My Lords, the Minister may recall that, writing in the Times on 8 November 2010, Jack Straw said:
“It is time for the UK Government to consider formally the partition of Cyprus if the talks fail”.
The talks he referred to did fail, as did the next and latest. In the same article, Jack Straw also said that,
“the chances of a settlement would be greatly enhanced if the international community broke a taboo, and started publicly to recognise that if ‘political equality’ cannot be achieved within one state, then it could with two states—north and south”.
Does my noble friend the Minister agree with Jack Straw on this point?
No, I do not. Jack Straw is not a member of the current Government, of course, and his comments were made in a private capacity as an MP. The guarantor power, the UK, has undertaken by treaty to prohibit any activity aimed at promoting, directly or indirectly, either the union of Cyprus with any other state or the partition of the island; so I repeat—a pretty emphatic no.
My Lords, I beg leave to take the opportunity to pay tribute to my late and dear friend, Rauf Denktas, whose courage and leadership frustrated EOKA-B’s Akritas and Ifestos plans for ethnic cleansing. After 49 years’ discrimination against Turkish Cypriots and 38 years of successive Greek Cypriot rejections of resolutions, including the 2004 Annan plan, is it not time for the United Kingdom to cease its systematic humiliation of Turkish Cypriots?
On the first point, our high commissioner sent a letter of condolence to the leader in the north of Cyprus and to Mr Denktas’s family. I personally associate myself with those condolences, having had an opportunity to meet him in the past. I do not think that the other language used by the noble Lord is justified. “Humiliation” does not come into it. The aim, and it is a noble aim, is to see equality of treatment and the bizonal federal ambition for a peaceful Cyprus achieved, with all citizens on an equal footing. There is no question of humiliation being involved.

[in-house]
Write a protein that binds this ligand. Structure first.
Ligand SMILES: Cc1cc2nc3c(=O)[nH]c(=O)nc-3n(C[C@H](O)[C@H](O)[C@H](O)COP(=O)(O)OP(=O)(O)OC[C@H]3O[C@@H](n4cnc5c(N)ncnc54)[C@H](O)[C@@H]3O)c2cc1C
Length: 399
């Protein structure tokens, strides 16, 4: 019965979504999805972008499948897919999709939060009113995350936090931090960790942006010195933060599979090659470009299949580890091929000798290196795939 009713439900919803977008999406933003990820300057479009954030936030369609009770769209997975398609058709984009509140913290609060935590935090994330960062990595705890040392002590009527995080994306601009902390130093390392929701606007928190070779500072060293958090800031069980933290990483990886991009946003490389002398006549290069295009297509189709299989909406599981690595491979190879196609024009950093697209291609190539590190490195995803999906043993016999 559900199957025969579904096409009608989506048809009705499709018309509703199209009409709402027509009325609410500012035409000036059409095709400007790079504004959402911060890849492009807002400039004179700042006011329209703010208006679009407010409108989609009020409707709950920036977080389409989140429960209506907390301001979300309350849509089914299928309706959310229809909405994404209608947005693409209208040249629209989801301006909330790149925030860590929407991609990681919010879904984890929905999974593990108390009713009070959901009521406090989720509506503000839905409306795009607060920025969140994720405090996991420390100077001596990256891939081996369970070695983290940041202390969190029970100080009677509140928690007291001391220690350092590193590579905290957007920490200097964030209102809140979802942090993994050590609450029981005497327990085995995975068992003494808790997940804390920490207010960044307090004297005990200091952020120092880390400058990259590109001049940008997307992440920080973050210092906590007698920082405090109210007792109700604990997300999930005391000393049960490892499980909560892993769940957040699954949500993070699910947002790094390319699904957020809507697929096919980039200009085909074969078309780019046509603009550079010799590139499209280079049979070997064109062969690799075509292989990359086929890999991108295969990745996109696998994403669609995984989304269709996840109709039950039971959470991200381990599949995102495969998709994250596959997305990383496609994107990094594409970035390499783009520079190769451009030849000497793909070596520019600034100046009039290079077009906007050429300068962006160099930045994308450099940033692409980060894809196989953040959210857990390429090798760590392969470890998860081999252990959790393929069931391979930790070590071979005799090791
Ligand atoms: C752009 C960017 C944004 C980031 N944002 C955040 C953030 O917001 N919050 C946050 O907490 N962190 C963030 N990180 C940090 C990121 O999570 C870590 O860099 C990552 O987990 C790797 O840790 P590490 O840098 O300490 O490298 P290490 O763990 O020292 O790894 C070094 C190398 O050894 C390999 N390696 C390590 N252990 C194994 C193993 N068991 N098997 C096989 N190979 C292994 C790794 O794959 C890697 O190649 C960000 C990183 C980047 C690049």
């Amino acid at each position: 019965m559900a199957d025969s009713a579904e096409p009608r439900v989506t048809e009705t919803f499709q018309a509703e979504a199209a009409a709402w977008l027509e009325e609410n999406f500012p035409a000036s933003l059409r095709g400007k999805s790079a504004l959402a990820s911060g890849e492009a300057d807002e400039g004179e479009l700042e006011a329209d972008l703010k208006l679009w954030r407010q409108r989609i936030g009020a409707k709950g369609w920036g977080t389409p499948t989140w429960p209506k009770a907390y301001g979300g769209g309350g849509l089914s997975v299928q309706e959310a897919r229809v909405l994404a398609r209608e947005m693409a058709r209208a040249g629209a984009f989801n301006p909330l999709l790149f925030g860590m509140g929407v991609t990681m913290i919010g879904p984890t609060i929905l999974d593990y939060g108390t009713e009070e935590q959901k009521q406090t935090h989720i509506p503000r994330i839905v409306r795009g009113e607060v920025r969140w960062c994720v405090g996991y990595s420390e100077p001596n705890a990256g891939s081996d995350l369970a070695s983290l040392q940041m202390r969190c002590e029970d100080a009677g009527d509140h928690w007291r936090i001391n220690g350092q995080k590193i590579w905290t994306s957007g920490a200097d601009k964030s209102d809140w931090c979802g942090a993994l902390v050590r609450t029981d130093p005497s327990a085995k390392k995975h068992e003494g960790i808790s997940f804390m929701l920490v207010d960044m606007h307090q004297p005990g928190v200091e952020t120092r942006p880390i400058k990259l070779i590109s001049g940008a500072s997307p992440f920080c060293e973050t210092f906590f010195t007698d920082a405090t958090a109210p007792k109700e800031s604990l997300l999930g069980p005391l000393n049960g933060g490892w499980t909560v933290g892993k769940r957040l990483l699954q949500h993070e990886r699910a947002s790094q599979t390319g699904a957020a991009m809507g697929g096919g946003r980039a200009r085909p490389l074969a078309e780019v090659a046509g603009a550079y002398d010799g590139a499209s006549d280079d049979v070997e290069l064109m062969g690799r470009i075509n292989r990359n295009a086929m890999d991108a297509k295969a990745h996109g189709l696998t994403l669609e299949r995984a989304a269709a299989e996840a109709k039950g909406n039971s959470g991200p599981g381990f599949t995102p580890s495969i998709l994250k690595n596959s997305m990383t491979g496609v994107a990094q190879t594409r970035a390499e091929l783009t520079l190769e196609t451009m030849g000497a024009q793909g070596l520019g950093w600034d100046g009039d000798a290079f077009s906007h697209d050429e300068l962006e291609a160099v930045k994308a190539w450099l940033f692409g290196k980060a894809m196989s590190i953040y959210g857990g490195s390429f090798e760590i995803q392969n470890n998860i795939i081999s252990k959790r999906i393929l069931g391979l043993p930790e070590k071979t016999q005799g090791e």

My Lords, I start by expressing our agreement with the position that the Government have expressed this afternoon. It reflects a long-term policy and desire to see equality of treatment. I agree strongly with all those propositions. Does the Minister agree that if any process was inaugurated towards recognising Northern Cyprus, it would flow in exactly the opposite direction to any prospect of achieving the objectives that he has set out?
I am just trying to fathom out that question. First, I thank the noble Lord for his agreement and support for what we are all trying to do. This matter rises well above political parties and differences. As I was reminded this morning, these negotiations have been going on for 43 years. It really is time that we encouraged, by every effort possible, a resolution of these differences for the island of Cyprus. The noble Lord says the pressures go in the opposite direction to everything that we are trying to achieve, but I am not sure they do. I think the pressures, throughout the world and certainly from the United Nations Secretary-General, are that there can be some reconciliation and resolution. The main issues involved are to how to share power; the question of property, which is very sensitive; citizenship; and elections. On all these, I think it is possible for there to be progress, although I have to admit that for the moment it has been very modest.
My Lords, I am chairman of the group for Northern Cyprus in this House and I recently led a delegation there at the invitation of that country. Since the Minister has mentioned the length of this dispute, will he also bear in mind that every one of those 43 years has meant pain and suffering? Even today, if a Turkish Northern Cyprus group should visit the south, even on a sporting occasion, it is set upon and viciously attacked. This situation goes on and on. Surely some really hard effort must be put towards ending it.
I fully agree with my noble friend. Of course, these are unacceptable conditions for any citizen. The whole aim of working for a comprehensive settlement must be to make all those kinds of treatments and suffering, and the anecdotes associated with them, a matter of the past.